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Guatemala is one of the world’s finest producers of coffee, and if you find yourself in Antigua, you’re in a great spot to learn more about the local production, get involved in workshops and try some of the locally-produced goods. As with most great coffee regions, the bulk of the good stuff is exported to the likes of the USA and Europe, but fear not, there is still plenty of good coffee to be found around the country’s old capital of Antigua.
After spending 5 weeks in this city, we’ve collated a list of our favourite cafés in Antigua Guatemala; cafes that not only serve up great java, but offer you a little something different as well. If you’re looking for something a little stronger after a chilled day of coffee, check out our list of best bars in Antigua Guatemala.
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So without further ado, in no particualr order, the 5 best cafés in Antigua Guatemala:
1. Café Estudio
With a very relaxing vibe, Estudio is a great place to hang out, catch up or get your head down and do some work. They have a nice quiet main room as well as ample outdoor space in the rear courtyard. They also boast probably the best coffee, in our opinion, you can find in Antigua. Some delicious flavour varieties make it a must visit for any coffee lover – aside from coffee, we also loved the chai!
Recommended:The cortados here are great and the 2 x cappuccinos for 25Q is a good deal if you come as a pair.
2. Café La Parada
The location of La Parada is awesome, overlooking Parque La Merced and the stunning yellow church, Iglesia de la Merced. It’s a great place to sit back and watch the world go by, especially during weekends when the park fills with street food vendors. You can even sit on wooden benches right in the doorway to be right on the streetside if you want to feel part of the action; and don’t be surprised if the locals on the benches greet you on your way in and out.
The staff are always friendly and whoever sorts the playlists deserves a bonus; I’m talking tune after tune after tune.
They do a banging jar of iced coffee for just 15Q and have some nice cakes, sandwiches and empanadas if you fancy a snack too.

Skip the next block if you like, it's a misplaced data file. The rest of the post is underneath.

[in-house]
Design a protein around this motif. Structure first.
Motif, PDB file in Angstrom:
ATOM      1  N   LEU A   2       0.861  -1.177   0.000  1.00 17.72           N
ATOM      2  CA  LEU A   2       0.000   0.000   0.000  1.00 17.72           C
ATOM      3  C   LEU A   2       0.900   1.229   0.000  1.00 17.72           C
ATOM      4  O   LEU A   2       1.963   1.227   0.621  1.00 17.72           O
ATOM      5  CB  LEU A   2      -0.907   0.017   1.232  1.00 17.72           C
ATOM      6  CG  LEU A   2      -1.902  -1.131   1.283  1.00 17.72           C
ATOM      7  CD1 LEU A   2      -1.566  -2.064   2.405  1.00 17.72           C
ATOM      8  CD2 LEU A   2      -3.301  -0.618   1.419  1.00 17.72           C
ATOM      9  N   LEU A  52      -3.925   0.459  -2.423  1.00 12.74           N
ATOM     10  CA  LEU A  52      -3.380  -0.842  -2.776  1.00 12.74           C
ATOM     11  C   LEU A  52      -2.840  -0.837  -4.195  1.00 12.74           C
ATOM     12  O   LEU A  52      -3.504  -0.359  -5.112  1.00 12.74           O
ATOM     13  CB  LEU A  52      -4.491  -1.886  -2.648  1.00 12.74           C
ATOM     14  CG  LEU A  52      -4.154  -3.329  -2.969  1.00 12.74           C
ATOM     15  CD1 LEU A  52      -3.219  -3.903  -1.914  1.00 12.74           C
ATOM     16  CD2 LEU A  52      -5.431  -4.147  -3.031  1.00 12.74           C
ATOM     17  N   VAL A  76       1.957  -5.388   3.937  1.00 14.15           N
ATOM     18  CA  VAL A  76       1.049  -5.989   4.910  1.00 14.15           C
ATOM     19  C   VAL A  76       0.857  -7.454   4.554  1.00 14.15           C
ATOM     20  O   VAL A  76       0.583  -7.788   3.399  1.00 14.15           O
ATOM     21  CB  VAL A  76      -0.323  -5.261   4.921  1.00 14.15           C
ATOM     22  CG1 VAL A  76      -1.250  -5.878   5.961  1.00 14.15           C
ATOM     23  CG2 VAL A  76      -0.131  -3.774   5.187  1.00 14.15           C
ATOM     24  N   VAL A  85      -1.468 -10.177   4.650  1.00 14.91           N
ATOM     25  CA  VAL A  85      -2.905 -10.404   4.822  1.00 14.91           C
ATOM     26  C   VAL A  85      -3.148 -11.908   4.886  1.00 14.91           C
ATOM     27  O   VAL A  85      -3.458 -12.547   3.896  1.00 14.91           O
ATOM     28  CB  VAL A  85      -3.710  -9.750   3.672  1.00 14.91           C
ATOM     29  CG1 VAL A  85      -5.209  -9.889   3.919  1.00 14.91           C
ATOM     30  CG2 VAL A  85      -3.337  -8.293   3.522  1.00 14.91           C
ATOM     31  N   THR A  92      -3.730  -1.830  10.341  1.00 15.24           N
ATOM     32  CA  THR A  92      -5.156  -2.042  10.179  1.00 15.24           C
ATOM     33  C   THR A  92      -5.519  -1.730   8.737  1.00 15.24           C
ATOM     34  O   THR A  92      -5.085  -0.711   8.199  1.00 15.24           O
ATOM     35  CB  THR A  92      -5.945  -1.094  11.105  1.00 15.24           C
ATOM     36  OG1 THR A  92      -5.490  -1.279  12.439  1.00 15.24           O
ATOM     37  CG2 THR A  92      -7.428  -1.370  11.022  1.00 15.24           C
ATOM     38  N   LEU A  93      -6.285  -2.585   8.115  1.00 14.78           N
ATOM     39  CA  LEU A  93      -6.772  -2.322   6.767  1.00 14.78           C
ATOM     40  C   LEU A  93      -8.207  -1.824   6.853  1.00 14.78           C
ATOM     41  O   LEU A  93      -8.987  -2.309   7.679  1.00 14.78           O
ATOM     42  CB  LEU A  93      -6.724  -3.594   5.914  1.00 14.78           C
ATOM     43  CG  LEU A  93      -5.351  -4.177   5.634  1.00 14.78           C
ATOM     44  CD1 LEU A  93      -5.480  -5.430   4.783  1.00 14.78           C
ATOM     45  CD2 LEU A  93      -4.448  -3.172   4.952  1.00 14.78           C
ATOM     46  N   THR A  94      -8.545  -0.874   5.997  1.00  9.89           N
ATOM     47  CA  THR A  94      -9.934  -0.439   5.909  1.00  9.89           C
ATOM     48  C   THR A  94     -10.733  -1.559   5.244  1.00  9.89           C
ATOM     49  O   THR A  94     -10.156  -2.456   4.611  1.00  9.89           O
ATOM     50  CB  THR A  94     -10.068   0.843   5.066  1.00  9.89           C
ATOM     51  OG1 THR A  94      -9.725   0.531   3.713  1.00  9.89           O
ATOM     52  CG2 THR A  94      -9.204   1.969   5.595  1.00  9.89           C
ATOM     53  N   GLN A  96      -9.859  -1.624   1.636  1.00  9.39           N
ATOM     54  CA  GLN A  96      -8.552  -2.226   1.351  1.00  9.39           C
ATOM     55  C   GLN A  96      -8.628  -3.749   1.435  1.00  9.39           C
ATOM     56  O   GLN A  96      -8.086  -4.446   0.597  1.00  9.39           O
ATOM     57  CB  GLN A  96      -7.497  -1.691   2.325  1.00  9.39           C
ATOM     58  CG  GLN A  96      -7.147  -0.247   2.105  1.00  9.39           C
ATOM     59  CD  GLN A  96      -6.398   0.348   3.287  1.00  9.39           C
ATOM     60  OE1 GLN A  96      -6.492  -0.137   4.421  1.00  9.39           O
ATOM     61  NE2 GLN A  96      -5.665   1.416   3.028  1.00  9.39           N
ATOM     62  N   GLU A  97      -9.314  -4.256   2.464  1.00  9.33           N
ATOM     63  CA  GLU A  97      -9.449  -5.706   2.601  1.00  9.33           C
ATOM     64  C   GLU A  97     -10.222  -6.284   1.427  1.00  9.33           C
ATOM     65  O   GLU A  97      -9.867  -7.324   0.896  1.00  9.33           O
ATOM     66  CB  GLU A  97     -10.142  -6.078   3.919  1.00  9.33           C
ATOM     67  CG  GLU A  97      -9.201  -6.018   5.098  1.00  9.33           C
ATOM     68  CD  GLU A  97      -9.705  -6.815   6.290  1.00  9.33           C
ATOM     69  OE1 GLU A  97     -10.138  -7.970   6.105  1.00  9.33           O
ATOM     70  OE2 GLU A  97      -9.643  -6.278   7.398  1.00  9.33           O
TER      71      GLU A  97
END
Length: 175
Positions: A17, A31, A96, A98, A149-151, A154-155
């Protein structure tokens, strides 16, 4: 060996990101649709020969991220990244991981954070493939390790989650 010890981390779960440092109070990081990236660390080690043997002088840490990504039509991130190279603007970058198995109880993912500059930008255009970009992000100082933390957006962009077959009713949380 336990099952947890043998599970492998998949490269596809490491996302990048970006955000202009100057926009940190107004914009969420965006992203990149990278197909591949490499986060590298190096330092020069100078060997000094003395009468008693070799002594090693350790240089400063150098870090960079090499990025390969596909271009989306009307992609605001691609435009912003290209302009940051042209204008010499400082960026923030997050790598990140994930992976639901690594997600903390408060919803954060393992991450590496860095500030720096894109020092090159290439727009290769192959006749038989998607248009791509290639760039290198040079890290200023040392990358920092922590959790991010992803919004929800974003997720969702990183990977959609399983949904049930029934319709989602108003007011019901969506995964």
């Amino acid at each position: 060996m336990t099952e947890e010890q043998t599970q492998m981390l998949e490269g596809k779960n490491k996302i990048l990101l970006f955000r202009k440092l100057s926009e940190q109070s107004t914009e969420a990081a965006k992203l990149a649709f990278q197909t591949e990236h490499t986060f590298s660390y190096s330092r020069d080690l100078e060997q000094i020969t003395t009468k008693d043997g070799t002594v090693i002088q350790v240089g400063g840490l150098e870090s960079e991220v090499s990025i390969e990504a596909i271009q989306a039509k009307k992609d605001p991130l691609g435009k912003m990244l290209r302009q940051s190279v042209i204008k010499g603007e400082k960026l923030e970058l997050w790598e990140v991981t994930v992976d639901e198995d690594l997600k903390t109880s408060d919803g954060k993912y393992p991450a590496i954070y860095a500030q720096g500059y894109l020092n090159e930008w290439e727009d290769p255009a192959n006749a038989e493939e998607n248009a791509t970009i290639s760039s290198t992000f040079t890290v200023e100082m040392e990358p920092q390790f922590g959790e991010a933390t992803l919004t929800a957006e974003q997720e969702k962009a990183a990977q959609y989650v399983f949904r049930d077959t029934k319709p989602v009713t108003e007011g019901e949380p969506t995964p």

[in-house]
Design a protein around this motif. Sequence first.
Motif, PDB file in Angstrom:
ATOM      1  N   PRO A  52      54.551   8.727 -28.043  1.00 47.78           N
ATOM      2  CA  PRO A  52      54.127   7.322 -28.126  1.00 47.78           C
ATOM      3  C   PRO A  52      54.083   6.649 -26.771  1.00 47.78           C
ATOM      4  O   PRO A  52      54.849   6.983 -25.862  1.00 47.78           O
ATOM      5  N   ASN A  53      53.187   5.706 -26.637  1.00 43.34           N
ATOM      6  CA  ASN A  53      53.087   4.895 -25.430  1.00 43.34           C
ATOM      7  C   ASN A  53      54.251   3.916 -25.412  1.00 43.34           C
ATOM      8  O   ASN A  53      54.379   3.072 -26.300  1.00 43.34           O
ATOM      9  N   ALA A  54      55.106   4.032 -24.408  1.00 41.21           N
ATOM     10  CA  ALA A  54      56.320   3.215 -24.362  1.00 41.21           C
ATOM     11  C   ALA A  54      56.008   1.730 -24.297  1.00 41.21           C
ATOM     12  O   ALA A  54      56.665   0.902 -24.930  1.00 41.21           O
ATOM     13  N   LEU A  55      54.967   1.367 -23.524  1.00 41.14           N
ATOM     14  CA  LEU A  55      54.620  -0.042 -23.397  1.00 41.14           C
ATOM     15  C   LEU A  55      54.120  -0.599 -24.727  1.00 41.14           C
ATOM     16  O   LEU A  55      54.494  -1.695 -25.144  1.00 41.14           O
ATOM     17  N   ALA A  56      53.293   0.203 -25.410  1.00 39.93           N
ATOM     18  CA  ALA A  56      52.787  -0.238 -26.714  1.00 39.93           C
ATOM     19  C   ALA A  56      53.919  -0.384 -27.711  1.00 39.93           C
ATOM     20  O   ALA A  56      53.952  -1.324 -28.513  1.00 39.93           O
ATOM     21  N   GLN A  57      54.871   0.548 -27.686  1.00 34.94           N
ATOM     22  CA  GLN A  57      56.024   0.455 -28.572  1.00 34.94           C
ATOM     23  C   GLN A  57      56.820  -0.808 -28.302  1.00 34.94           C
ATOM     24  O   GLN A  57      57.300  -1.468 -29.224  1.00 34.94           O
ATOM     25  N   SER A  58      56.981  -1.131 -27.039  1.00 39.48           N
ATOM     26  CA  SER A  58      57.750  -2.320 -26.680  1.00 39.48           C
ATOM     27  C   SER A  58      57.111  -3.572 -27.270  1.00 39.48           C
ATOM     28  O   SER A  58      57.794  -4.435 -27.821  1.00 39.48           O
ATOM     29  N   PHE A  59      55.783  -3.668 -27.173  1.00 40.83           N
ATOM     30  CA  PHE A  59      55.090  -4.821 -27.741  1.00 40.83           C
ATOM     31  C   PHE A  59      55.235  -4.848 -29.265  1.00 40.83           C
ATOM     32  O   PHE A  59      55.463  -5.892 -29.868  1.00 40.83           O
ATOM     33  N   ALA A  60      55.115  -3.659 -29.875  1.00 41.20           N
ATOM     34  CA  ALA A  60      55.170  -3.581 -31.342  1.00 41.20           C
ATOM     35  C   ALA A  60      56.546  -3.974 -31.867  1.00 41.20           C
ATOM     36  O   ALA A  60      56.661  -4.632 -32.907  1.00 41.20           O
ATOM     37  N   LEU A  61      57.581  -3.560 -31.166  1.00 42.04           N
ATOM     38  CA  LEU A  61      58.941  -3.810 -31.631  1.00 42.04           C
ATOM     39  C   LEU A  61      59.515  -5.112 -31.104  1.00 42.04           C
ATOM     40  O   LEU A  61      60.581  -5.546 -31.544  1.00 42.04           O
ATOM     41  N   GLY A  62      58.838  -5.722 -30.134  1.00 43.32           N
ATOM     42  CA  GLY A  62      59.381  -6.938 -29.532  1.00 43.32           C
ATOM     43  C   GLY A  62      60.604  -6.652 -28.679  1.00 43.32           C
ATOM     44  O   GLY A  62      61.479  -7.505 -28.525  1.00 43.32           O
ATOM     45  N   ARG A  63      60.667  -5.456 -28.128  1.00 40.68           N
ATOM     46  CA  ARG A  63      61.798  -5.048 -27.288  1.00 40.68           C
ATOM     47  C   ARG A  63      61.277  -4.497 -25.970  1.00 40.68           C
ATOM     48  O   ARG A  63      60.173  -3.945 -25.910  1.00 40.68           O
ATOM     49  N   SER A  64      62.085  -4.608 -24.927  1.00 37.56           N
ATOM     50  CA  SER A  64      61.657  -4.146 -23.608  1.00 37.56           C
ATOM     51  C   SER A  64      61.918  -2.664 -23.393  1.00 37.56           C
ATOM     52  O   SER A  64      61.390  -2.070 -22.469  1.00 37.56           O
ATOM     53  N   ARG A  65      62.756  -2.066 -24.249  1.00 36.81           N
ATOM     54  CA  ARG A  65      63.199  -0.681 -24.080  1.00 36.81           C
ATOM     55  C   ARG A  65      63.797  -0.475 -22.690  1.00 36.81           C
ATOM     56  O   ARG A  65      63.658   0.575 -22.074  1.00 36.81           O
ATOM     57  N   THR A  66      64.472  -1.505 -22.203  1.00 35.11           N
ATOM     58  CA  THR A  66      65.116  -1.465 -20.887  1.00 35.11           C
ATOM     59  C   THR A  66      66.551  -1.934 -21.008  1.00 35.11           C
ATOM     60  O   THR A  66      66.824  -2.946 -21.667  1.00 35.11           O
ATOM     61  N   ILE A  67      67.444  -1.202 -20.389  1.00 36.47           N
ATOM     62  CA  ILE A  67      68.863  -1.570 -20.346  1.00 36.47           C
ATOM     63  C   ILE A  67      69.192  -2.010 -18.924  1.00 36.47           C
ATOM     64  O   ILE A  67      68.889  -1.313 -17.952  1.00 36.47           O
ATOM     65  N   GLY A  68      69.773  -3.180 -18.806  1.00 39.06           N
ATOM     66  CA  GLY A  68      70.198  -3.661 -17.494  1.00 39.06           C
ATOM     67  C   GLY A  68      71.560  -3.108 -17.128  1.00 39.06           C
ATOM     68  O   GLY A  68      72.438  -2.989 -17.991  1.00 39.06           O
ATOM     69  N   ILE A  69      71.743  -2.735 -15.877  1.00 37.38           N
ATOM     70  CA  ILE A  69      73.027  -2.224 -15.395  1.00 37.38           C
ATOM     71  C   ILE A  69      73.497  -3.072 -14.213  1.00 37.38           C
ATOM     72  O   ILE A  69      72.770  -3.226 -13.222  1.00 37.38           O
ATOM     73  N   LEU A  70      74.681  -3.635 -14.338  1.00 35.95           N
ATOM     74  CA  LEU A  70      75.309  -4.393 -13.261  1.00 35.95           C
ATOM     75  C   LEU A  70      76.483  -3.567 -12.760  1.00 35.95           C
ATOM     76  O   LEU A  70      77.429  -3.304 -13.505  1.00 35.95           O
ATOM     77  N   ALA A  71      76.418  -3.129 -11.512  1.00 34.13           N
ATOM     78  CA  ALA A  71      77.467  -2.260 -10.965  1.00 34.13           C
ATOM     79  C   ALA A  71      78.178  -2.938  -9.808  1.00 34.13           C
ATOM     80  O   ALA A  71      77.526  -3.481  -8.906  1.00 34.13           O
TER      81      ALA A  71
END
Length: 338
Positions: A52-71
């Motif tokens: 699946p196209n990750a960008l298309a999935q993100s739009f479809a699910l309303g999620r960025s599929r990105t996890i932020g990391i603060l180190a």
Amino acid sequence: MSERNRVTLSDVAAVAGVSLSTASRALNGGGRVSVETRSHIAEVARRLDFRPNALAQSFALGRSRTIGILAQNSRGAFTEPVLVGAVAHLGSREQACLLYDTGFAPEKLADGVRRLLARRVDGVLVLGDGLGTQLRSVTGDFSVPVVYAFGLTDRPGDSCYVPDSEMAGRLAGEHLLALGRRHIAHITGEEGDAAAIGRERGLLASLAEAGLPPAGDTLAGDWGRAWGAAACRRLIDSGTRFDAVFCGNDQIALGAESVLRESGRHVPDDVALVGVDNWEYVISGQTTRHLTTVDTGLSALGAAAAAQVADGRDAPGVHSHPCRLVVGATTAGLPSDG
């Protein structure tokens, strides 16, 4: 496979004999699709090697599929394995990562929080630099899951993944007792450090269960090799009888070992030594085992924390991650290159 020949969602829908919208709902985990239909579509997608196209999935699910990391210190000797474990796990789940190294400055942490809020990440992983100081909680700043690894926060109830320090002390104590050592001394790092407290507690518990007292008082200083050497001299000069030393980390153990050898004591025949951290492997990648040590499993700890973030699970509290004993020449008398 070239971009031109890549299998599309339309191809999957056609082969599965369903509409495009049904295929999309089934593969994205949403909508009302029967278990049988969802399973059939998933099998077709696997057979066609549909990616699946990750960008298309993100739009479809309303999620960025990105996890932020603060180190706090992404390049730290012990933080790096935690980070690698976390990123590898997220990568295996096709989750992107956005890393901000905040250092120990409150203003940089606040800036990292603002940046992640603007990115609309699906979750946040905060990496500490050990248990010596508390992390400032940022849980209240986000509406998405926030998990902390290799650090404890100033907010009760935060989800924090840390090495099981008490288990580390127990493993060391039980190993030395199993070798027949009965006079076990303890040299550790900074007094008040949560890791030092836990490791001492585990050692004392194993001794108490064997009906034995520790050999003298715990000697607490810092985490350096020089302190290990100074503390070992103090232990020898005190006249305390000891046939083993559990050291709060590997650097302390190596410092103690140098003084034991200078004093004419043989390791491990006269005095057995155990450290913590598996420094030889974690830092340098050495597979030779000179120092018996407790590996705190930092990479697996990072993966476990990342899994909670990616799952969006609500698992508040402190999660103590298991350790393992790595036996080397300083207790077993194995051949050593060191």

Recommended: Iced coffee or hot chocolate.
3. Y Tu Piña También
This quirky little café has a great menu for brunches and an even better one for smoothies. As you may have guessed, the coffee is also very good here and they have a very tasty and reasonably-priced cortado at just 10Q. They nail the hipster vibe, and the cosy feel to the place makes you feel instantly welcome. As far as we could work out, the place is owned by American expats and all staff are fluent in both Spanish and English.
Recommended:Literally anything, it all looked and/or tasted great.
This place has a nice rustic design with various coffee antique items and repurposed coffee sacks used on the furniture. The coffee is great and there’s plenty of options for how you want your coffee made, with modern and traditional methods available.
What is great about Guatejava however (as well as the name), is that they roast all their own beans on-site and you can take part in a coffee roasting workshop yourself for 180Q, a little over $20 USD. You can buy bags of their coffee too and read up on their sustainable approach to coffee production, buying from farmers who typically have the hardest route to market.
Recommended:Try out some of the less common drip coffees.
5. Refuge Coffee (Café Refugio)
Another of the cafés in Antigua that roast their own beans and serve up great quality Guatemalan coffee. Refuge is a good space to work as well with plenty of plugs and little street noise (though the WiFi can be a little on the weak side), not to mention a loyalty programme giving you your 11th cup for free. Not the greatest loyalty scheme in the world, but if you’re around for a couple of weeks (and once you try the coffee) you’ll be more than happy to knock back ten coffees here.
The vibe is also really cool, with a nice bit of buzz and the classic edge-y look with dangling Edison bulbs. You can also expect the barista to strike up a friendly conversation with you while you sip!
Recommended:Gibraltar; we have no idea why it is called this, but this is about as close we’ve got to a perfect cortado in as long as we can remember, and even comes in a glass, as all good cortados should (but cortados out here rarely do!).
So there you have it; not quite an exhaustive list as Antigua is blessed with hundreds of great cafés, but a few definitely worth trying if you find yourself roaming the cobbled streets of Antigua and in need of either perking up or chilling out!
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